What breaks us over caring is the non-stoppedness of it - when my MIL first went into a home, I used to have her back for 'sleepovers' twice a week, as that was something I could cope with, but it still gave her a taste of 'home life with me' (which is what she wanted).

Anyway, just a thought.

Sadly, so many posts here include statements like yours about 'we promised never to put them in a Home'.....and not realising that that decision is never a 'choice' one, as though we could keep them at home 'easily' or even 'at all'.

It's a sad time, though, no doubt about it.
Talk with your doctor and tell your doctor about your dad shouting. It seems to me he is at the end of the road. I would suggest if you were in Scotland to talk with Tommy Whitelaw and I will give you his email. This is the area he deals with daily and went through this with his own mum. He a man with loads of information and I think you would find him useful to talk too. Tommy here in Scotland but is knowing through out the world for knowledge and gives support to many people.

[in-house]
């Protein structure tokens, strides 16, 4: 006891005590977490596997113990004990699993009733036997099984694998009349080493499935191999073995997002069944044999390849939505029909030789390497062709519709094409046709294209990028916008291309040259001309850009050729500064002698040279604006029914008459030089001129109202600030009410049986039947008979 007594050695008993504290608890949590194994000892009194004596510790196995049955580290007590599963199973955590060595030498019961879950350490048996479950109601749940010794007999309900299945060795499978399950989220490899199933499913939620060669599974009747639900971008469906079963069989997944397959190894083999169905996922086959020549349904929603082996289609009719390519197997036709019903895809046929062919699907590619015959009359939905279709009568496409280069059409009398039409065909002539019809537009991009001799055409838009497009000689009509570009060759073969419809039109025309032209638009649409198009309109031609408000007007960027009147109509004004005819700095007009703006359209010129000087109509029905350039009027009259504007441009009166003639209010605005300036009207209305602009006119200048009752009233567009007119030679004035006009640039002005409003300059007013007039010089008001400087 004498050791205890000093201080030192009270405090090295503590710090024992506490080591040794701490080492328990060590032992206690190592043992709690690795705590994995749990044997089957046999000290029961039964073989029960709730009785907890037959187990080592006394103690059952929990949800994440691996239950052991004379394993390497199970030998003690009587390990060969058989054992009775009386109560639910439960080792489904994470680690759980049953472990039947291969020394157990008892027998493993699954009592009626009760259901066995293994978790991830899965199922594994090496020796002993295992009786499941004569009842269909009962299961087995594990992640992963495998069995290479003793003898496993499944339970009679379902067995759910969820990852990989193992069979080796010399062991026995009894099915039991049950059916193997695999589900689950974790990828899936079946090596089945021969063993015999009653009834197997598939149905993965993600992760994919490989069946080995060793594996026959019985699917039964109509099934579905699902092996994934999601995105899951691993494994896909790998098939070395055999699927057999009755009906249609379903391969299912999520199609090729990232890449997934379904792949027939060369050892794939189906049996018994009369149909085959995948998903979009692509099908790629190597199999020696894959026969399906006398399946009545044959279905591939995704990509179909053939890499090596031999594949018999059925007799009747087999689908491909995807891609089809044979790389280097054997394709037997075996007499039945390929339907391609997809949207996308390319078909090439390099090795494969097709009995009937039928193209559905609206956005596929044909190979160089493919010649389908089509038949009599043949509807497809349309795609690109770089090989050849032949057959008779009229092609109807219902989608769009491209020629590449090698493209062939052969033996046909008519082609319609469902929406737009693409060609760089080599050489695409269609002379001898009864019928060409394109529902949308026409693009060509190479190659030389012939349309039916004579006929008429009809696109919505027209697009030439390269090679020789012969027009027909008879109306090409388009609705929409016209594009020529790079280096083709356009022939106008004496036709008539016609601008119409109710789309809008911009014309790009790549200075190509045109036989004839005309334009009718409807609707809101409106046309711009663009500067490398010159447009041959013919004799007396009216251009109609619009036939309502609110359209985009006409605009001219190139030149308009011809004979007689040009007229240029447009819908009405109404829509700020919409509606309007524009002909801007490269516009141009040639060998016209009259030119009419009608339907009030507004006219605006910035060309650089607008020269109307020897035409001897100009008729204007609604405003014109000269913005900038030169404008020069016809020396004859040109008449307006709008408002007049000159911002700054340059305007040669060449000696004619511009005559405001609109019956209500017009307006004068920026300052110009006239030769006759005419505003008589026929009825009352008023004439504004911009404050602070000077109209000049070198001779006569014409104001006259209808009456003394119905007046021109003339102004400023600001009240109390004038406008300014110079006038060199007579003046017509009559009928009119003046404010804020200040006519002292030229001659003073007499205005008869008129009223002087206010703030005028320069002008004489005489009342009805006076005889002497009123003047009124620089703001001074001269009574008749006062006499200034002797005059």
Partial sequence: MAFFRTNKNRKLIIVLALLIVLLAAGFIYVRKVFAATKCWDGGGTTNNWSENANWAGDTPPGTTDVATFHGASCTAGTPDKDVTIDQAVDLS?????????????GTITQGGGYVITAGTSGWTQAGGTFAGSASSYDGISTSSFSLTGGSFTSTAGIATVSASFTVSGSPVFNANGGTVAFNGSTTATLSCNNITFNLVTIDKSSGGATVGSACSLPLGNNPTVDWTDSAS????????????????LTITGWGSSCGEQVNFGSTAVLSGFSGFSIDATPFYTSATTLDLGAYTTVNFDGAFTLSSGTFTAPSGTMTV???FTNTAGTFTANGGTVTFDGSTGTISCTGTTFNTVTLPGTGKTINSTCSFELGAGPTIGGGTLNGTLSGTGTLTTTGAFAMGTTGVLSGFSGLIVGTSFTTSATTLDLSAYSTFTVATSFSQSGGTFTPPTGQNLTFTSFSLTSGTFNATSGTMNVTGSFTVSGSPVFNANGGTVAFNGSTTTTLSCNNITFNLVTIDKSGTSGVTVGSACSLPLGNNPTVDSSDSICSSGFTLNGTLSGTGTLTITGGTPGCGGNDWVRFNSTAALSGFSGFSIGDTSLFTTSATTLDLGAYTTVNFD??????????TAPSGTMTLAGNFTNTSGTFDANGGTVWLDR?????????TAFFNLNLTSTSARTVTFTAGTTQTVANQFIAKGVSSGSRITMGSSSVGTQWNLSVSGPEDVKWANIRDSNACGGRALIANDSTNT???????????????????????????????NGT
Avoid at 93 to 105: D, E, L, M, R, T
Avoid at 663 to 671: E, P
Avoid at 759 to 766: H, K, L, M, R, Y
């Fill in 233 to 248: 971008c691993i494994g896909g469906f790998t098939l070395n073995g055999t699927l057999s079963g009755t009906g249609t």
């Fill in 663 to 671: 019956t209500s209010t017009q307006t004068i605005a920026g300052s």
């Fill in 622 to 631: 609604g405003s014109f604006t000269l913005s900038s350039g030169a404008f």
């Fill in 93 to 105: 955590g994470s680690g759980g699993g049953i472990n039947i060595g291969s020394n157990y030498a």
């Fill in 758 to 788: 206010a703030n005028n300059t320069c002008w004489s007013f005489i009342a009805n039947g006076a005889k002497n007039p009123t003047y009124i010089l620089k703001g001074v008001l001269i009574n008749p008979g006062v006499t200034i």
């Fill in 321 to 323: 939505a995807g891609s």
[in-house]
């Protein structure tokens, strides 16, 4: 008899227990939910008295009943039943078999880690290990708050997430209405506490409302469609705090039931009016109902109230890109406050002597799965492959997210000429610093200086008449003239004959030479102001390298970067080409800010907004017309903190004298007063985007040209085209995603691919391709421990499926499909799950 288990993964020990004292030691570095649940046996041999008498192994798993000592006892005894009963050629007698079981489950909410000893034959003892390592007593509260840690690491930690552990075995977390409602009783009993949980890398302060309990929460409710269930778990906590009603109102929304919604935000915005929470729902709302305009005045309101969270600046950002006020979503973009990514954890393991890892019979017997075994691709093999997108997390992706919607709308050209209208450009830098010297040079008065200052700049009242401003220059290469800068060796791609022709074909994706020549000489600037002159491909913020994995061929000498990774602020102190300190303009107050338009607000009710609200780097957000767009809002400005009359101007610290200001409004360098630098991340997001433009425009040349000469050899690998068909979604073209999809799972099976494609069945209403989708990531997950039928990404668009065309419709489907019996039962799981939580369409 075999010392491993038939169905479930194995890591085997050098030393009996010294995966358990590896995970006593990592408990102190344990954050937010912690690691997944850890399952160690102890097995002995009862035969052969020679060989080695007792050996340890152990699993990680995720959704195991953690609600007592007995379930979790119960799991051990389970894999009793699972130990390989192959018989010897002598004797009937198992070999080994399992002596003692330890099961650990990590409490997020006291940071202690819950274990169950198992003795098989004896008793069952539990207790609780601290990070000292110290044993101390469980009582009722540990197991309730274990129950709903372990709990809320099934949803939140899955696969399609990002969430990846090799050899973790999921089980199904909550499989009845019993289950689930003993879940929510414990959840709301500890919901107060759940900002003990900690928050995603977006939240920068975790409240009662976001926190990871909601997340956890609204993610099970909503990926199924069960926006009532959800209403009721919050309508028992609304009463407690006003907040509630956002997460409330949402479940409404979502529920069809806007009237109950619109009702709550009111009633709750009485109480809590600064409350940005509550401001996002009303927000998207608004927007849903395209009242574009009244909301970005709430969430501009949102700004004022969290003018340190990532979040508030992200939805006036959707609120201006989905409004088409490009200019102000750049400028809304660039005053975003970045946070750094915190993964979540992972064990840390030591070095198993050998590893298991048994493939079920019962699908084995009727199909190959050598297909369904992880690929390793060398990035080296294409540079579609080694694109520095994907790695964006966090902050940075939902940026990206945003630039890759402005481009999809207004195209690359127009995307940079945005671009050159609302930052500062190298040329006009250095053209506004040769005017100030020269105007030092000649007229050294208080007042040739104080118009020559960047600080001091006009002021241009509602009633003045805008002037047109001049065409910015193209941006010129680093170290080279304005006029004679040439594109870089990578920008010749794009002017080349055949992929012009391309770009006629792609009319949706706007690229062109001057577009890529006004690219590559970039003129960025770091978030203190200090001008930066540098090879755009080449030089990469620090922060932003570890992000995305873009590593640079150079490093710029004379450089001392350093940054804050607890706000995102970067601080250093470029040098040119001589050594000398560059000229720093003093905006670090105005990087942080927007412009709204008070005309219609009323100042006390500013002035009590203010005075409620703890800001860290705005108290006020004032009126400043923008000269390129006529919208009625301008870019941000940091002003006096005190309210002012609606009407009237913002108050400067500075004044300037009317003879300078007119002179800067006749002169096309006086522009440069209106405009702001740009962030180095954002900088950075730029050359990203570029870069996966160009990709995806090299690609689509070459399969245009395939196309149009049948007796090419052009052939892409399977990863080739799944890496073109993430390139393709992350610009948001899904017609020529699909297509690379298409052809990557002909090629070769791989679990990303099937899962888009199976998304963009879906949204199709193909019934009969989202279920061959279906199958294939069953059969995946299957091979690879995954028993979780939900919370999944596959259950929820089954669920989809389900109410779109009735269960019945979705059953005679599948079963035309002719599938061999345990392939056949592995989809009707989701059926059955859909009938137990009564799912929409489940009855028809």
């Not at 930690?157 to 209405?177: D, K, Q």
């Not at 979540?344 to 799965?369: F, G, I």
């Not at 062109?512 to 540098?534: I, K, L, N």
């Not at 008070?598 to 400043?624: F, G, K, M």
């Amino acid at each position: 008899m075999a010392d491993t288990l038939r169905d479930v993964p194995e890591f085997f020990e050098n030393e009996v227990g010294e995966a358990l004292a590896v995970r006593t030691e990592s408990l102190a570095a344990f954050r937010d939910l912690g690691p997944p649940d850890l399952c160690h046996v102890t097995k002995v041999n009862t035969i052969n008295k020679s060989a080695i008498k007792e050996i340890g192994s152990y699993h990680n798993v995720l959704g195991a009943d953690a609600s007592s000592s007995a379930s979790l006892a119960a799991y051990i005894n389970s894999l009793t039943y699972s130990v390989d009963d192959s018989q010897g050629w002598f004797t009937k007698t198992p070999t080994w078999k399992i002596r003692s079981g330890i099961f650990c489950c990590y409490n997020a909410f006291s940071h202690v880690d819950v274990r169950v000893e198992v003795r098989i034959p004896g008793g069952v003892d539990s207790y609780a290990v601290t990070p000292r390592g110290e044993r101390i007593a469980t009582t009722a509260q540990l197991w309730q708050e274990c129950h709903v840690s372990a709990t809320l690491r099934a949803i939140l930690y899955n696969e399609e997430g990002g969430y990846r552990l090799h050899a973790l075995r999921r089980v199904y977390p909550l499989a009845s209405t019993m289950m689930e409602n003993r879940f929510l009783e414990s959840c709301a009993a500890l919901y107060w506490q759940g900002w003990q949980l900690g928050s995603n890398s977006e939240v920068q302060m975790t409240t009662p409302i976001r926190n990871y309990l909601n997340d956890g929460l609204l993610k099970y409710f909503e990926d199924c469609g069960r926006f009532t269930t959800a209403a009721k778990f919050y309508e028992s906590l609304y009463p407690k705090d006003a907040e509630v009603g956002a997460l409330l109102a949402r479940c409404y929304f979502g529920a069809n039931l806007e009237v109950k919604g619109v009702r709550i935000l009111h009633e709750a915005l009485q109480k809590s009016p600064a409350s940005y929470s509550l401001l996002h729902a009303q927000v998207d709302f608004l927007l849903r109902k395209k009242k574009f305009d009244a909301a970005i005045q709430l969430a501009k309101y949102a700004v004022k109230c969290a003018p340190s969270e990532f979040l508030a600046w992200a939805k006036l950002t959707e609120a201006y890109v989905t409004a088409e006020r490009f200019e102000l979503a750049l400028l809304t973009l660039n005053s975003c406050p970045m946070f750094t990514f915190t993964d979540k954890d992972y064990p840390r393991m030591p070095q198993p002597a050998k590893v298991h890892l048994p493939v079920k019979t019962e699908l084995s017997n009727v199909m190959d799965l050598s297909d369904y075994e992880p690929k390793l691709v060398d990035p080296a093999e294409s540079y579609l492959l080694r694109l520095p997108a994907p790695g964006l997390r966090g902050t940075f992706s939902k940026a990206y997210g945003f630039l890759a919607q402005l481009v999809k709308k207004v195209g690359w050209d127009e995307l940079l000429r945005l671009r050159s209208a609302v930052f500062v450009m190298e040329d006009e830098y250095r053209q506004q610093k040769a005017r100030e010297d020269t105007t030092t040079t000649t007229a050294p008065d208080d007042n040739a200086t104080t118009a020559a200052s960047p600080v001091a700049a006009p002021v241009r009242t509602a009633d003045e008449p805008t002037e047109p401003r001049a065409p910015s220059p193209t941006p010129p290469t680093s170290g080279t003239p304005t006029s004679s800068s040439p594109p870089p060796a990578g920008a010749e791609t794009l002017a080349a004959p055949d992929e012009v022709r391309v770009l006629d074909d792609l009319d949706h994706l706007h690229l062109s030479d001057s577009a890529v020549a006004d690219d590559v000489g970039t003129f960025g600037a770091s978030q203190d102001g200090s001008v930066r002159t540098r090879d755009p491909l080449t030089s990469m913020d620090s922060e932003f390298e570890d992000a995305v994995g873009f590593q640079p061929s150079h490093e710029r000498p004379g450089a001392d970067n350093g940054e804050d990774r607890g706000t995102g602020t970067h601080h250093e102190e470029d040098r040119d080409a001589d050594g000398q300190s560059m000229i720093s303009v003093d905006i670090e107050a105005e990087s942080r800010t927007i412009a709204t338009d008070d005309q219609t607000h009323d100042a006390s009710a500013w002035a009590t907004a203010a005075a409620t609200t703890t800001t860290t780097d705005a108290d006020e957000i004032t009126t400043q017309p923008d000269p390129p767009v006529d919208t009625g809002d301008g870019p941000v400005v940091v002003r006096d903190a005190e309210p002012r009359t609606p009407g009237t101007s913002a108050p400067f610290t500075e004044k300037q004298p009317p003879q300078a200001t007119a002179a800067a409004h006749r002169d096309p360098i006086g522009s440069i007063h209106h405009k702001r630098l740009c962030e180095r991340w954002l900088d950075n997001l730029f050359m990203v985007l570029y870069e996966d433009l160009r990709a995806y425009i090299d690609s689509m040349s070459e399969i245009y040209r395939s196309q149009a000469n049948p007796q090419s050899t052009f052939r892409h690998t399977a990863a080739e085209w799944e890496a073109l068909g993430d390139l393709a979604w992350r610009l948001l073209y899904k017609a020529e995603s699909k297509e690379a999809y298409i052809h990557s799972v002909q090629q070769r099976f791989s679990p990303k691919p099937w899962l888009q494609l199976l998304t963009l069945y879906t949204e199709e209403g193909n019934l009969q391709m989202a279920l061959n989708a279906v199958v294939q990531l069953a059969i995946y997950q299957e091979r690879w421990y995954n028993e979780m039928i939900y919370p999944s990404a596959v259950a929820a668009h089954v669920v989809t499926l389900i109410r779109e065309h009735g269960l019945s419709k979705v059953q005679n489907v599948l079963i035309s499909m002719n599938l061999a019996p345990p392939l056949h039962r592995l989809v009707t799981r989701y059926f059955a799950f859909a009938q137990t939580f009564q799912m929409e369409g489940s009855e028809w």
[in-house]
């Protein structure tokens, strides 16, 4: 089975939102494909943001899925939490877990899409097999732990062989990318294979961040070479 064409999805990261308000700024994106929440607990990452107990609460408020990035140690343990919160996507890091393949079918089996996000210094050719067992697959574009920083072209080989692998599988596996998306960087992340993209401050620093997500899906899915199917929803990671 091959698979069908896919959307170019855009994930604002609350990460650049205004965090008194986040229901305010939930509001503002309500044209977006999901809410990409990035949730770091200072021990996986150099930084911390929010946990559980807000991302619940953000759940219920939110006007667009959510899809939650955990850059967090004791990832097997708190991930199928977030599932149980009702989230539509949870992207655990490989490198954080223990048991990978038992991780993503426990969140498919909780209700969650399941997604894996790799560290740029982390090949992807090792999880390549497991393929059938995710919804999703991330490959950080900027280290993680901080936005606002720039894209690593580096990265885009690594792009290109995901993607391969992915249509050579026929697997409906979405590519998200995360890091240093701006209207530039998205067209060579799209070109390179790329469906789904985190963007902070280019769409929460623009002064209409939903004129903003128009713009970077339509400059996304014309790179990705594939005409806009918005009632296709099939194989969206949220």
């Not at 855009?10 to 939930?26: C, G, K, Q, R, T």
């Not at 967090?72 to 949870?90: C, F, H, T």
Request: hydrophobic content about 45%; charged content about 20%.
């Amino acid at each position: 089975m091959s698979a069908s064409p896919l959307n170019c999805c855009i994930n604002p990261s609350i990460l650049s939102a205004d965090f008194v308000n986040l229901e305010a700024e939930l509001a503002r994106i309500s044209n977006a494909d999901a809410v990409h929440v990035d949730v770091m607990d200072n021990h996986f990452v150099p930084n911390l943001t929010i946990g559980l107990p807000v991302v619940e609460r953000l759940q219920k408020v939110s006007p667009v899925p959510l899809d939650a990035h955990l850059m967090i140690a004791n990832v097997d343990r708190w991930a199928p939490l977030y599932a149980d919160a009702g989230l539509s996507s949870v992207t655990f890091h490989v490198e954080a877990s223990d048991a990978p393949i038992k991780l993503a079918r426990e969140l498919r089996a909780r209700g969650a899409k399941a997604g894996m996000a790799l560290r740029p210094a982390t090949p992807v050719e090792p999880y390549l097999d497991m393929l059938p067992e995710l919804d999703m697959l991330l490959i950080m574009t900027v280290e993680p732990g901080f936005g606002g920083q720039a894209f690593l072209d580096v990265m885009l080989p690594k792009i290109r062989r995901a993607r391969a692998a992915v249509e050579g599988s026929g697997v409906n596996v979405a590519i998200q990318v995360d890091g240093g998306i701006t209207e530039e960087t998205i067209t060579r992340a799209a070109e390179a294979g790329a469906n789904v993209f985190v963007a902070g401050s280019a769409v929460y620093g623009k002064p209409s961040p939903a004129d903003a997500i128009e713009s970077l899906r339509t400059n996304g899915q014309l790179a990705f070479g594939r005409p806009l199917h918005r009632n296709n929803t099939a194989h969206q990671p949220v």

His email is Tommy.Whitlelaw@alliance-scotland.org

It sounds as if your dad and you could do with someone to talk too and to get you added support. Your doctor or practice nurse might be able to get you that support. If you have social work coming in and out then you should speak to them as they can get your father some rest time and also yourself in the format of rest bite. This is like having a short break from the caring roll. If you don't have a social works support worker go ask for one,